Australian art loses one of its greats | Vale Charles Blackman

Australian figurative painter Charles Blackman OBE (1928-2018) passed away this morning, just one week after his 90th birthday celebrations.

Best known for his Schoolgirl and Alice in Wonderland series, Blackman’s artistic practice spanned painting, drawing, sculpture and tapestry, using his multidisciplinary approach to explore the female psyche, poetry, music and aesthetic philosophies.

Charles Blackman (1928-2018), Deeply Hurt

Blackman’s works are held in all major public collections in Australia and internationally including the Metropolitan Museum of Art in New York, and the Tate Gallery in London. He made significant contributions to Australian art including his 1959 collaboration with a number of figurative artists – John Brack, Arthur Boyd and Robert Dickerson – to create The Antipodeans group, which railed against Australian artists adopting American Abstract Expressionism and other non-figurative styles. His efforts were recognised and he went on to receive the Order of the British Empire (OBE) in 1977 and became the recipient of many prizes and distinctions including a major touring retrospective in 1993.

Blackman’s legacy lives on in the work of others, whether it be Jon Molvig’s portrait titled Charles Blackman, which won the Archibald Prize in 1966 to the Blackman Hotel in St Kilda Road, Melbourne that features 670 fine prints by the late artist, or his literary parentage of novels such as Ursual Dubosarsky’s novel, The Golden Day which was directly inspired by Blackman’s 1954 painting Floating Schoolgirl.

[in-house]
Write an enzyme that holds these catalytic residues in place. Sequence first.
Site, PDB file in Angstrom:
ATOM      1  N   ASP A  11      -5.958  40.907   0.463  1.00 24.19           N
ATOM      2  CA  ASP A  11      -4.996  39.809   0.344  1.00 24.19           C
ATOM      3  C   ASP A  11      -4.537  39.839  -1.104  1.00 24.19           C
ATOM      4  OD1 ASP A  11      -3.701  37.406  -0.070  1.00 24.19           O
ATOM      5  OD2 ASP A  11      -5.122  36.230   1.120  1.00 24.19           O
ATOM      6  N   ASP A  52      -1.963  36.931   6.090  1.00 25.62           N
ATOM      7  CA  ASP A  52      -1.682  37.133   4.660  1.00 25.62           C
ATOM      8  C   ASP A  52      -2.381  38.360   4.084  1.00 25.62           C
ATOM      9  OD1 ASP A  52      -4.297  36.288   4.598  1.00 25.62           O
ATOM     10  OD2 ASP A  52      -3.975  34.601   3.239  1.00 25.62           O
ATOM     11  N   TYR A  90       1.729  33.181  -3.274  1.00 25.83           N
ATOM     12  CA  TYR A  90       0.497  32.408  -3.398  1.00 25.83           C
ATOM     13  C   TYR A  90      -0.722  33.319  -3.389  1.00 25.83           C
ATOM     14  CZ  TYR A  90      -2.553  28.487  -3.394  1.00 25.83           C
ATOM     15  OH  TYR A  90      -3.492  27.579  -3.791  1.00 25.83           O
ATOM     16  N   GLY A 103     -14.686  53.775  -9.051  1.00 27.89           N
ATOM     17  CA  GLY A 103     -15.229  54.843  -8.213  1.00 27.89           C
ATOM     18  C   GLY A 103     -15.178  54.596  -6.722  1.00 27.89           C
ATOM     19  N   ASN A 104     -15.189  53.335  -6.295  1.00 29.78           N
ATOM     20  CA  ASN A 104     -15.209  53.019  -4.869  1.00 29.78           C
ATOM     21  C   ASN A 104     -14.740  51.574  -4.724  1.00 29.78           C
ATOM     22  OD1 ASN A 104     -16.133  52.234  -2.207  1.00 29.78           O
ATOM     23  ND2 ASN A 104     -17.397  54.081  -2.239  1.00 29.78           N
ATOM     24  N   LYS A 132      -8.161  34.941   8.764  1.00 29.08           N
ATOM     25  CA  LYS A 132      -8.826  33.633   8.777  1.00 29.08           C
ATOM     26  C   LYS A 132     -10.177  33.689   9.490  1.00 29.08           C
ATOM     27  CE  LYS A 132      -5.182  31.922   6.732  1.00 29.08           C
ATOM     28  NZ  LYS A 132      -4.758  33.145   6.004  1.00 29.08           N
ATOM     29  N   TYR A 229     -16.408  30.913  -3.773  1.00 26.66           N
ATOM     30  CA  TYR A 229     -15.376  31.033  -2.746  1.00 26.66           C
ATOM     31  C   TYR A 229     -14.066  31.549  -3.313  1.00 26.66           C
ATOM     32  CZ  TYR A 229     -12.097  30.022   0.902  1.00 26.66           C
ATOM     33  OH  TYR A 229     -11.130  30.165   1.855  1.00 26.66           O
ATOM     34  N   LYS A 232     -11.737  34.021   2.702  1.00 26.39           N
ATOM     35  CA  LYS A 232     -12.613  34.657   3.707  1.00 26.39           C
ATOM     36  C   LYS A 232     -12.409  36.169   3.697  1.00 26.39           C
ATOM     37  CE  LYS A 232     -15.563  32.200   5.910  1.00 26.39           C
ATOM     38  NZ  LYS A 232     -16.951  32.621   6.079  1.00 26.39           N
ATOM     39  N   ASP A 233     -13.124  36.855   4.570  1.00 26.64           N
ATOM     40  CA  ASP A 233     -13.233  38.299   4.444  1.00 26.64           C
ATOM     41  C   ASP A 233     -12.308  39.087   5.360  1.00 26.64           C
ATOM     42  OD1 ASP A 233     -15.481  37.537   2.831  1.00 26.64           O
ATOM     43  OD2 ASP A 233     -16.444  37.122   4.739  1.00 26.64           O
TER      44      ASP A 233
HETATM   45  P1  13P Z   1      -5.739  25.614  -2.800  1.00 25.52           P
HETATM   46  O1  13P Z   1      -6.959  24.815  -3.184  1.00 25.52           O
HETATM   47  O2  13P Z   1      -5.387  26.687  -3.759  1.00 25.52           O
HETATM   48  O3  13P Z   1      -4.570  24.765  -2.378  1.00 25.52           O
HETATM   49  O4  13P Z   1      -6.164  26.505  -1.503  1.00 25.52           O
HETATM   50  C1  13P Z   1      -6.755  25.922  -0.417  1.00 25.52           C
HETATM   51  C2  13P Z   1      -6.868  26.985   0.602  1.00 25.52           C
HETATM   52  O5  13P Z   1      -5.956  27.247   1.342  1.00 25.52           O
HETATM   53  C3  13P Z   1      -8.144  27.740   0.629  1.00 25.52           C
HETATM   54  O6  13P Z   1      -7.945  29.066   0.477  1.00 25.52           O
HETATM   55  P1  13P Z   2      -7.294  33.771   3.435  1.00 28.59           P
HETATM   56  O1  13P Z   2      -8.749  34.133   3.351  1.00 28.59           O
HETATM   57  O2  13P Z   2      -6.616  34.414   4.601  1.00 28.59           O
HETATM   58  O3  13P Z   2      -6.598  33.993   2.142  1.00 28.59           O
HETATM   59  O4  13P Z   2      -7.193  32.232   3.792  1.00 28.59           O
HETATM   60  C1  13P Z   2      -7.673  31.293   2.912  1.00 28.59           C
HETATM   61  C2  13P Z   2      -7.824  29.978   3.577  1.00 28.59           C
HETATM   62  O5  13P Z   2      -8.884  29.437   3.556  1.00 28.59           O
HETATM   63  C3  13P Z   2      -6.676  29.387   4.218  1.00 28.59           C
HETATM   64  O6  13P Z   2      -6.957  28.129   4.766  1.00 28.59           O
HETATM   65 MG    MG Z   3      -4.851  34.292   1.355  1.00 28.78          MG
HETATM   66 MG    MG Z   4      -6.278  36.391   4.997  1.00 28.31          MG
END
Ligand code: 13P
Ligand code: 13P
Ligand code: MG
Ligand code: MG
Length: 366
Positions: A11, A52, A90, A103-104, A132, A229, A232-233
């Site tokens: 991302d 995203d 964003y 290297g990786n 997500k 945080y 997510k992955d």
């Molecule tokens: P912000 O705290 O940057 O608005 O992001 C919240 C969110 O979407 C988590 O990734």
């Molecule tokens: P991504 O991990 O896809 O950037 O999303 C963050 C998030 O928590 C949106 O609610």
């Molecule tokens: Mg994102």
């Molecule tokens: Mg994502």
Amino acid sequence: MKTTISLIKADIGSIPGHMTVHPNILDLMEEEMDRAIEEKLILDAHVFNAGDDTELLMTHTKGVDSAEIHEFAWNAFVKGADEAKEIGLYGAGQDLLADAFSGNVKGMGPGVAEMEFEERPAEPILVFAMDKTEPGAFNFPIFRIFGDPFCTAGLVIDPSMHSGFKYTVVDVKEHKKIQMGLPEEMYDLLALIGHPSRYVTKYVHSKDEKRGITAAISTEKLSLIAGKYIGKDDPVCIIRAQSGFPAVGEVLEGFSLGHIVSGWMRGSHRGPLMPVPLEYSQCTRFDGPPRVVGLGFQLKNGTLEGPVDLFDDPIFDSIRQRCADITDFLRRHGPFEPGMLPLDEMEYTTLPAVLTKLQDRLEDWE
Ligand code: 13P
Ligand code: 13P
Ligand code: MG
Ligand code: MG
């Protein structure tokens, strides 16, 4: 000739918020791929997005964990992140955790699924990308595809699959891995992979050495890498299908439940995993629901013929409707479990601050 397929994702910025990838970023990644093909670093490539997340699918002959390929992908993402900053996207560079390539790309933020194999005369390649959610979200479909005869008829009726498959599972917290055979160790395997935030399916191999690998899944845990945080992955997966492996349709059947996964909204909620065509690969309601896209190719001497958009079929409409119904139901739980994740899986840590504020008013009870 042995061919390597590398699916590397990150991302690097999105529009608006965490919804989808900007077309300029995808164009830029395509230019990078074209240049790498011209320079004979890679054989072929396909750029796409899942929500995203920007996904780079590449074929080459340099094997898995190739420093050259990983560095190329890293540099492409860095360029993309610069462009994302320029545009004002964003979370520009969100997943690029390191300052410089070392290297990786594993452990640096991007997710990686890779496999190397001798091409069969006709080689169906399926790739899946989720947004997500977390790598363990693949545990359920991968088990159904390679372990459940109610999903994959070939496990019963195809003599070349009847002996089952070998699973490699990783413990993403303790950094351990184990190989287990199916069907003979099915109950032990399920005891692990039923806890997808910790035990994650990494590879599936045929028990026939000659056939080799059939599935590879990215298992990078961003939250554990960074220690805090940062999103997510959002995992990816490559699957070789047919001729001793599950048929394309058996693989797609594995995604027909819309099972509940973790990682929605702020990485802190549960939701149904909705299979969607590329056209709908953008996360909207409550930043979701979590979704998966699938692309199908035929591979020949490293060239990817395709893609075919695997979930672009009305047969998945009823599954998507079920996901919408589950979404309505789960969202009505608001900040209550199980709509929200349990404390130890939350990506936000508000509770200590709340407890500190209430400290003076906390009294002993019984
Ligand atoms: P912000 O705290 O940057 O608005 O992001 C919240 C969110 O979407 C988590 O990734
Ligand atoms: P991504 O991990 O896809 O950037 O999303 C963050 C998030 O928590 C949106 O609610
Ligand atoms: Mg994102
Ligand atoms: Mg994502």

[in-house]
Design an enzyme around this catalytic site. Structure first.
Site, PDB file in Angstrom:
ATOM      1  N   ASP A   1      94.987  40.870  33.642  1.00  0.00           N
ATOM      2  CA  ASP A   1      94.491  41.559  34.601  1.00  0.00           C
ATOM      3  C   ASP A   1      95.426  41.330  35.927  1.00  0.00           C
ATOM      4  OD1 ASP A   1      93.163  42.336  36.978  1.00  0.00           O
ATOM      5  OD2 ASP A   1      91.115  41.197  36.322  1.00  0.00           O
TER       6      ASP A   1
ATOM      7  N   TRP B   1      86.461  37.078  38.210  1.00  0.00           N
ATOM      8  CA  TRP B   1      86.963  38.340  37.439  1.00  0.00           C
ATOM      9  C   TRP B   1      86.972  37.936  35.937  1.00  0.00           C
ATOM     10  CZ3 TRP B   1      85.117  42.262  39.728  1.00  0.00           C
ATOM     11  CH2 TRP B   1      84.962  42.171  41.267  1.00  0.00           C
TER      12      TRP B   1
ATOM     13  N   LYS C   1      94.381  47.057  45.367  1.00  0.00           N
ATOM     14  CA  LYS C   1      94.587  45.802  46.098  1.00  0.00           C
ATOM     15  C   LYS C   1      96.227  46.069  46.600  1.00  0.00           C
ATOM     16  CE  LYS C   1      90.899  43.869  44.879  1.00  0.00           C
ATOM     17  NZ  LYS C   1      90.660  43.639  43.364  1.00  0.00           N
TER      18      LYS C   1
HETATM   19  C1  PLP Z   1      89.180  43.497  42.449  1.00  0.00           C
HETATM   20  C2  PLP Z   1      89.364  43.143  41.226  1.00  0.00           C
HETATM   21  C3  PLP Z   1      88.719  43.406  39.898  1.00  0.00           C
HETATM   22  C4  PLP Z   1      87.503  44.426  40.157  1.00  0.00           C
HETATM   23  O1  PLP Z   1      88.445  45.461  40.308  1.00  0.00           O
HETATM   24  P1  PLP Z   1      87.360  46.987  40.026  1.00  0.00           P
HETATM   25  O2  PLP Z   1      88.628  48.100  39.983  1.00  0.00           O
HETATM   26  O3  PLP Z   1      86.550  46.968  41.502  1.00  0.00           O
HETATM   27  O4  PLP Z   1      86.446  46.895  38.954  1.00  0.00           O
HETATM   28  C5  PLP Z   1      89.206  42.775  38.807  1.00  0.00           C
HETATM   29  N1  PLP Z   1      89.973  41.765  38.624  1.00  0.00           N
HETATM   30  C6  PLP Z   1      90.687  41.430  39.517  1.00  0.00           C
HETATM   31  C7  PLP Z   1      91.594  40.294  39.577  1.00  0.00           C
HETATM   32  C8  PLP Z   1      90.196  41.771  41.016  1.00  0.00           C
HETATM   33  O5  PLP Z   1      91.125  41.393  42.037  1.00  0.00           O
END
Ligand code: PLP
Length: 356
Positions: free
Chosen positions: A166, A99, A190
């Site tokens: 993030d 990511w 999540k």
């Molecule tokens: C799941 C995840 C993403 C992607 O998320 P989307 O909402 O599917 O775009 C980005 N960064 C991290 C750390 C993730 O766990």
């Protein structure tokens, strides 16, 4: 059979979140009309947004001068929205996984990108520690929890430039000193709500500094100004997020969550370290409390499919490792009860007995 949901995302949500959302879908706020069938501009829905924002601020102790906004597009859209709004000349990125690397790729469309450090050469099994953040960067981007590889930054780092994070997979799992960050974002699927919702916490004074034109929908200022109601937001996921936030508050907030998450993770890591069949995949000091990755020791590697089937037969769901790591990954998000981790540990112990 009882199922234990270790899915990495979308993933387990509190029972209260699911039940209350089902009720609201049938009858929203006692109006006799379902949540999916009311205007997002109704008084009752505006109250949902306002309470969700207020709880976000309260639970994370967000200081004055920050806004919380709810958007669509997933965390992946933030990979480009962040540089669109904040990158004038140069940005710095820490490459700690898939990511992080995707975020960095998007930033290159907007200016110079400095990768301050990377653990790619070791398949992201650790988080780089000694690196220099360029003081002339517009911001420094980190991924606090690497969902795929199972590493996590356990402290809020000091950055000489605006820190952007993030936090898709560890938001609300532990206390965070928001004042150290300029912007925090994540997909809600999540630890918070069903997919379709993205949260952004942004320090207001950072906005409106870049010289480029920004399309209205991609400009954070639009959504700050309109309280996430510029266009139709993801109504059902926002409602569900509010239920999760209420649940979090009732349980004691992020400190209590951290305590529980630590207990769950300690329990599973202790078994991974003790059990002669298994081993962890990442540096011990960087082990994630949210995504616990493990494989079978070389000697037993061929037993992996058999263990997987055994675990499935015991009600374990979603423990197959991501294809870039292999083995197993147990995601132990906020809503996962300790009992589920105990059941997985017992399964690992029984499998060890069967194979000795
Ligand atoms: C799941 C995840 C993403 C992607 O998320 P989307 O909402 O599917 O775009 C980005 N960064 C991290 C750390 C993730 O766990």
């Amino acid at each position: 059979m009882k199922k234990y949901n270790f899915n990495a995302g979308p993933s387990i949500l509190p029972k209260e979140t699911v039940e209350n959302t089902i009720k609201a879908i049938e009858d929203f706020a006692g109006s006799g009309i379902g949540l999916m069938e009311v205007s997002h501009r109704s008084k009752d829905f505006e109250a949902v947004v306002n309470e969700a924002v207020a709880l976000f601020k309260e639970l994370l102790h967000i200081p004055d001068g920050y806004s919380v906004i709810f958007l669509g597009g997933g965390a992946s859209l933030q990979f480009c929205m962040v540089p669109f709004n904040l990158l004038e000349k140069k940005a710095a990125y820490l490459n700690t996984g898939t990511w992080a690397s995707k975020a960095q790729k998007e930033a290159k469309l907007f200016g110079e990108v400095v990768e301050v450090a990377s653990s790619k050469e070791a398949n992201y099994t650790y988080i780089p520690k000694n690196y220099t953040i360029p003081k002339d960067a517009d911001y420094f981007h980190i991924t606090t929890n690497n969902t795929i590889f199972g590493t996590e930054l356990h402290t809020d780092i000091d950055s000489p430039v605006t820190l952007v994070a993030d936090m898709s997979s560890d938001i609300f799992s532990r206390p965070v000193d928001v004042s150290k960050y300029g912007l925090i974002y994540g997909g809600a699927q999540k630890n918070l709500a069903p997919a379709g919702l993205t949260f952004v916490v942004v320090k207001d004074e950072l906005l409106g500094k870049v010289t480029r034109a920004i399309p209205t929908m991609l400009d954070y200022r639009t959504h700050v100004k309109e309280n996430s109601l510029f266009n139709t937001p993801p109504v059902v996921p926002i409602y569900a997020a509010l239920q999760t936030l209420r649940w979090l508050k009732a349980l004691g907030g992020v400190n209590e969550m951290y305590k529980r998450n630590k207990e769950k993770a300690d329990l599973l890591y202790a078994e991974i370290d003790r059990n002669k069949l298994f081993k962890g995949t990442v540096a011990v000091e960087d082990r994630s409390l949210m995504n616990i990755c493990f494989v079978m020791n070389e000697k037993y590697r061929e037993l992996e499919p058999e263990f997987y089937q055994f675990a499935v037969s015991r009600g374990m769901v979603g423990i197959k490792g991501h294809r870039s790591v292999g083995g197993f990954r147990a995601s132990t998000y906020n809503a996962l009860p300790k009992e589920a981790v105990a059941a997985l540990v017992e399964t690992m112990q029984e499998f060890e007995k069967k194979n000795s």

Charles Blackman (1928-2018), The Room of Edgar Allan Poe

Blackman had been working with his family on an extensive celebratory exhibition titled ‘The Evening is the Morning’, that will now be a tribute to his life and career, opening as planned on Saturday 22 September, 2-5pm at Harvey Galleries in northern Sydney. His bronze maquettes and illustrations from Mark Twain’s A Cat’s Tale will be on display, reflective of his continual adoration for the feline form seen throughout his oeuvre – from schoolgirls and angels to Lewis Carroll’s Alice and Edgar Allan Poe.

In a touching statement, Blackman’s daughter Bertie Blackman has said;

‘The most profound conversations I have ever had with my father have been without words. I sit next to him and listen to the scratches of his pen as he carefully presses an imprint of his secret language. The line. The line that draws him. The line that can never hide. It is an extraordinary thing to watch and be a part of… like the ink is the thread that holds us together in that moment. In his fading light he does little else than draw. Ghostly static schoolgirl and cats and windows. He is like the Cheshire Cat. Grinning and enthralling you in one moment… and in the next.. invisible but always there.

It is a privilege and an honour to have the opportunity wander through the windows and chasms of such an intricate and incredibly deep feeling mind. I walk with him and hold his hand as he wanders… and we hope that you too will come with us… upside down and downside up!… down the rabbit hole.’ – Bertie Blackman (2018)